As a lead-up to my post on my favorite books of the year (coming Tuesday), I thought I’d write about the books I read this year that can be seen most often on this year’s best-of book lists. Many of these I found really good but a few were disappointing, and my own best-of-2019 list will look pretty different. For each, I’ve noted one list where the book can be found.
For a great analysis of which books showed up most on a variety of best-of lists, see this post on Books Are My Favourite and Best.
Which are your favorite best book lists? My favorite is probably the New York Times – I like that they give you 100 Notable Books for a good variety of books, but also a top ten. Other good lists include Slate, Washington Post, Modern Mrs. Darcy, Reading Women, and Publishers Weekly. The Guardian gives you suggestions from other authors but not really a best-of list. And NPR has its “concierge” which I didn’t find all that helpful because there are too many selections and ways to filter the list (unless that’s what you want).
Here are the books I read this year that show up on quite a few lists:
The Nickel Boys by Colson Whitehead (Publishers Weekly): I thought The Nickel Boys was excellent. It tells a powerful story about real-life abuses at a correctional school for African-American boys. I remember the news about this school but as always, a good fictional account really brings it to life.
On Earth We’re Briefly Gorgeous by Ocean Vuong (The New Yorker): This is a beautifully-written book. It reads like a memoir though it’s a novel. Vuong tells the story of a young man writing to his Vietnamese mother, even though she can’t read. It’s a story of growing up Vietnamese and gay in the United States, and it’s also a story of love, abuse, addiction, and forgiveness.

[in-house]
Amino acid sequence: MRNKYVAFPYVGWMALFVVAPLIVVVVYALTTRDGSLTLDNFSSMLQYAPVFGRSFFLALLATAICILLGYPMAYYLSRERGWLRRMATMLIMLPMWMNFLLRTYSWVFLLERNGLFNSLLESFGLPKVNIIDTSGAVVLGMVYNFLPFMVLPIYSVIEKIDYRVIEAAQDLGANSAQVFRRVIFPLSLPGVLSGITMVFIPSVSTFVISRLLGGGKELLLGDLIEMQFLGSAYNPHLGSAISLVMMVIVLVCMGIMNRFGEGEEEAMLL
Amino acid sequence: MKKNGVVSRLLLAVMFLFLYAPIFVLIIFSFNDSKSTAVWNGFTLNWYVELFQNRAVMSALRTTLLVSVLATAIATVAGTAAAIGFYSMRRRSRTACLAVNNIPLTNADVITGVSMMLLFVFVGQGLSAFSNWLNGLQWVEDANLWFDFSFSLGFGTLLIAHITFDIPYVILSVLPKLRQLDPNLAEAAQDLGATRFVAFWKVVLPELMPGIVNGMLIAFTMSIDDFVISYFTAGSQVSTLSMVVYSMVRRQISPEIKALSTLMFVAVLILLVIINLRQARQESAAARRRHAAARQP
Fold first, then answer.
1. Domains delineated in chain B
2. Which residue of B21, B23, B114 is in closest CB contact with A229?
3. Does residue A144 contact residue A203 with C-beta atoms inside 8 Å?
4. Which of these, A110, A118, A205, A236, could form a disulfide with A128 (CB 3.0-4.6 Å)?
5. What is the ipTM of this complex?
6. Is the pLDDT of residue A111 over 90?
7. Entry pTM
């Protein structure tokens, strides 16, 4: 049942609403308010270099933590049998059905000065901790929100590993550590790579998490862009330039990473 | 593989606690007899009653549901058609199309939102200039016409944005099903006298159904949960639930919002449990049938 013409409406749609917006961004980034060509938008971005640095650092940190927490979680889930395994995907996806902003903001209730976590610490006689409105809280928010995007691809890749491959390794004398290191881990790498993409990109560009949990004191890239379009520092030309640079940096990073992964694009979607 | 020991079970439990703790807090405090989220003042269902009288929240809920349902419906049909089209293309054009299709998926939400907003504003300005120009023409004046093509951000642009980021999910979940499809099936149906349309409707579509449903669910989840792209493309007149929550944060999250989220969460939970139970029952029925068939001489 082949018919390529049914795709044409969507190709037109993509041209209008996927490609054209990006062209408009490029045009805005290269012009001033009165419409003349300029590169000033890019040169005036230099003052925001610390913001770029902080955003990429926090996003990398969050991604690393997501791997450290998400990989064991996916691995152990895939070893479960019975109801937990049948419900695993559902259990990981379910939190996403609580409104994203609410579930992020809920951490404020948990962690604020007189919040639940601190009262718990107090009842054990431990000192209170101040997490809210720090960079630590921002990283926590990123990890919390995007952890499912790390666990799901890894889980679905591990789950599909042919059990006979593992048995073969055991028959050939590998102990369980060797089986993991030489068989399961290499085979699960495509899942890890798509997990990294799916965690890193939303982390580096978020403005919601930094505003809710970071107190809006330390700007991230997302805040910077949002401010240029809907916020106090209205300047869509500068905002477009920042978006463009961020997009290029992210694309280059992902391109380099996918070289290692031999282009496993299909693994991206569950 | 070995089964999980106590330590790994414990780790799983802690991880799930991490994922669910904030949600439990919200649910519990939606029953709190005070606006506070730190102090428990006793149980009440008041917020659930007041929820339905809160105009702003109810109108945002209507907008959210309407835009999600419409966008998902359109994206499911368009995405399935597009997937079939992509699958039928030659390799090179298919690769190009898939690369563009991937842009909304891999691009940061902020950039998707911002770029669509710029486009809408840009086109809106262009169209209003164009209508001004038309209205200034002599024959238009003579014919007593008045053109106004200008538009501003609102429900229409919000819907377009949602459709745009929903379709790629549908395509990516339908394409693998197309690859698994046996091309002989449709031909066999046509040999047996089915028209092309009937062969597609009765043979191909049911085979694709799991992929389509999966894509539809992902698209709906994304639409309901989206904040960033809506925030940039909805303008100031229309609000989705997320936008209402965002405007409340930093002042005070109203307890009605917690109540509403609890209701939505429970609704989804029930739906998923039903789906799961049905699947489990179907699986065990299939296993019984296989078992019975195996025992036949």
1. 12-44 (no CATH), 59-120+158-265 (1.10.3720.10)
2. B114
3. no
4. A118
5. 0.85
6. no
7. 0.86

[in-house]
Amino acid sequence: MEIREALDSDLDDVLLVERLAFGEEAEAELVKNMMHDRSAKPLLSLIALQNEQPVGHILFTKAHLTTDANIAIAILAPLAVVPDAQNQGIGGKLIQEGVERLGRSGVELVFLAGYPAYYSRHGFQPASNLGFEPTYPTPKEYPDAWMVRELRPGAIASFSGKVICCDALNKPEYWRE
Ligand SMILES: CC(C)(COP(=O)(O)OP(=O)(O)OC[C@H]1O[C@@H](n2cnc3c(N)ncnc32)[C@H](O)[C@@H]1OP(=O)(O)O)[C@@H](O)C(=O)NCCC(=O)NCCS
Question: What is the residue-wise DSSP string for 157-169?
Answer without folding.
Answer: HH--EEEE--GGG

Trust Exercise by Susan Choi (Slate): easily one of the most lauded books of the year, and I hated it. I found it pretentious and painful to read, especially the second half. My review here.
The Testaments by Margaret Atwood (New York Times): Atwood won the Booker Prize this year for her follow-up to The Handmaid’s Tale. This was a worthy follow-up, although it won’t be my favorite book by her. She tells the story of how Gilead was created, through the eyes of Aunt Lydia and two other women. We get to see more in this book of how Gilead interacts with the outside world, and we also get to see how it falls apart. The book is chilling in that we can see how a new governmental structure can be created, how people can be intimidated and oppressed. And yet somehow, this book isn’t as memorable as The Handmaid’s Tale or many of Atwood’s other books.
The Need by Helen Phillips (New York Times): I just finished listening to this book. In the beginning I found it riveting and very creepy. Phillips’ writing is visual and very descriptive. But this very short book sort of lost me by the end. For one thing, descriptions of bodily functions like lactation, vomiting, even constipation kind of got to me after a while. The book started to feel repetitive and I’m not sure where the story ended up.
The Dutch House by Ann Patchett (New York Times): I loved this book, and I especially loved the audio version read by Tom Hanks. My review here.
Olive, Again by Elizabeth Strout (Oprah): Oh how I love Elizabeth Strout. She’s one of those authors who absolutely lives up to all the critical praise. And this book, happily, was just as good as Olive Kitteridge. So few books are told from the perspective of the elderly, and this one is done so well, we should all read it. My review here.
Normal People by Sally Rooney (Slate): There were things about this book I liked a lot. I loved the complexity of the two main characters and the way each struggles with different issues. I loved the idea that two people can love each other but never quite be right for each other. And yet at times this book felt a bit ponderous. For me it wasn’t really an enjoyable read, but a thoughtful one. My review here.
Lost Children Archive by Valeria Luiselli (New York Times): I’m listening to this one right now.
And here are the frequently-listed books that are going on next year’s TBR list: Know My Name, The Topeka School, Girl Woman Other, The Water Dancer, Red At the Bone, The Yellow House, Say Nothing, How We Fight for Our Lives, and Disappearing Earth. Have you read any of these?